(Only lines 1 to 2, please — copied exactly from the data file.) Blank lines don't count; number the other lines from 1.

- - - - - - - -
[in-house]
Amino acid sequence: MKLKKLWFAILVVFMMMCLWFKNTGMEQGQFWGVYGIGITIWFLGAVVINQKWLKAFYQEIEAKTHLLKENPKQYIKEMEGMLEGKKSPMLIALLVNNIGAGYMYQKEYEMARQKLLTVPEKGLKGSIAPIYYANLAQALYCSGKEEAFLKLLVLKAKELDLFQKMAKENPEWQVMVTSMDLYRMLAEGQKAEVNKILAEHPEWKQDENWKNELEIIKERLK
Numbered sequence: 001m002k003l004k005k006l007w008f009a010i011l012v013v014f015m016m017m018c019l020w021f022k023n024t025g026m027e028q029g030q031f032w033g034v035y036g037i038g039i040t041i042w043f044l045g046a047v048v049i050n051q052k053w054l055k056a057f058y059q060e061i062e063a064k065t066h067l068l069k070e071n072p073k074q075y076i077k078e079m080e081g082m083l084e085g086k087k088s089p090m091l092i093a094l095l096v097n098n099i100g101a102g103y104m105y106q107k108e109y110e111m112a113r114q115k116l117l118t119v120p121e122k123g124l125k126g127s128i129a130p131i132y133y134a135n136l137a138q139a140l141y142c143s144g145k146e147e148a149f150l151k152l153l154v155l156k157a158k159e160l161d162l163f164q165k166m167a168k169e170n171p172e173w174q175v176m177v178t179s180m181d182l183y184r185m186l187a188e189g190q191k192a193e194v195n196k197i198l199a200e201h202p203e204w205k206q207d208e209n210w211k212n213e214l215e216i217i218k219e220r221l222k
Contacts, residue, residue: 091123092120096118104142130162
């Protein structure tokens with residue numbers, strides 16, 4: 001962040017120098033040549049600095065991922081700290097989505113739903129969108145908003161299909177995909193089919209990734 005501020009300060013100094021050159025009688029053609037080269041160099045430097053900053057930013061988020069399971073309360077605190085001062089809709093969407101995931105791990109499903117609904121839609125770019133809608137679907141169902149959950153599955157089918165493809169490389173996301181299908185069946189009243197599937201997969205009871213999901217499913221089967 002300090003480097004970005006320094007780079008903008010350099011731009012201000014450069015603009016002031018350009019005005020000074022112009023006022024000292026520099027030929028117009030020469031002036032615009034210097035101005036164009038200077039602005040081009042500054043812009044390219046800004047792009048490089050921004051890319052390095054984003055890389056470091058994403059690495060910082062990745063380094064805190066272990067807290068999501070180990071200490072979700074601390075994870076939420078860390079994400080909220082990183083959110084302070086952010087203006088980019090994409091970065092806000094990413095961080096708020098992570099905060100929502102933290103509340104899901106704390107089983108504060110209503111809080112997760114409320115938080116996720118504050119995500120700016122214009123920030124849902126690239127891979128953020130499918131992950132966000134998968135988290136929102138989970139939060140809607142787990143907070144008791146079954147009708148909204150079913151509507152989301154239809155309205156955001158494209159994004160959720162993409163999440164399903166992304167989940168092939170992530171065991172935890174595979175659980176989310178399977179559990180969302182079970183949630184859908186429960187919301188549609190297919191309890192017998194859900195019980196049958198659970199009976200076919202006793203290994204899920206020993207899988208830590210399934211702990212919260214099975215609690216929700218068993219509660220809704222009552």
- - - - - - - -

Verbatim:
[in-house]
Amino acid sequence: MKLKKLWFAILVVFMMMCLWFKNTGMEQGQFWGVYGIGITIWFLGAVVINQKWLKAFYQEIEAKTHLLKENPKQYIKEMEGMLEGKKSPMLIALLVNNIGAGYMYQKEYEMARQKLLTVPEKGLKGSIAPIYYANLAQALYCSGKEEAFLKLLVLKAKELDLFQKMAKENPEWQVMVTSMDLYRMLAEGQKAEVNKILAEHPEWKQDENWKNELEIIKERLK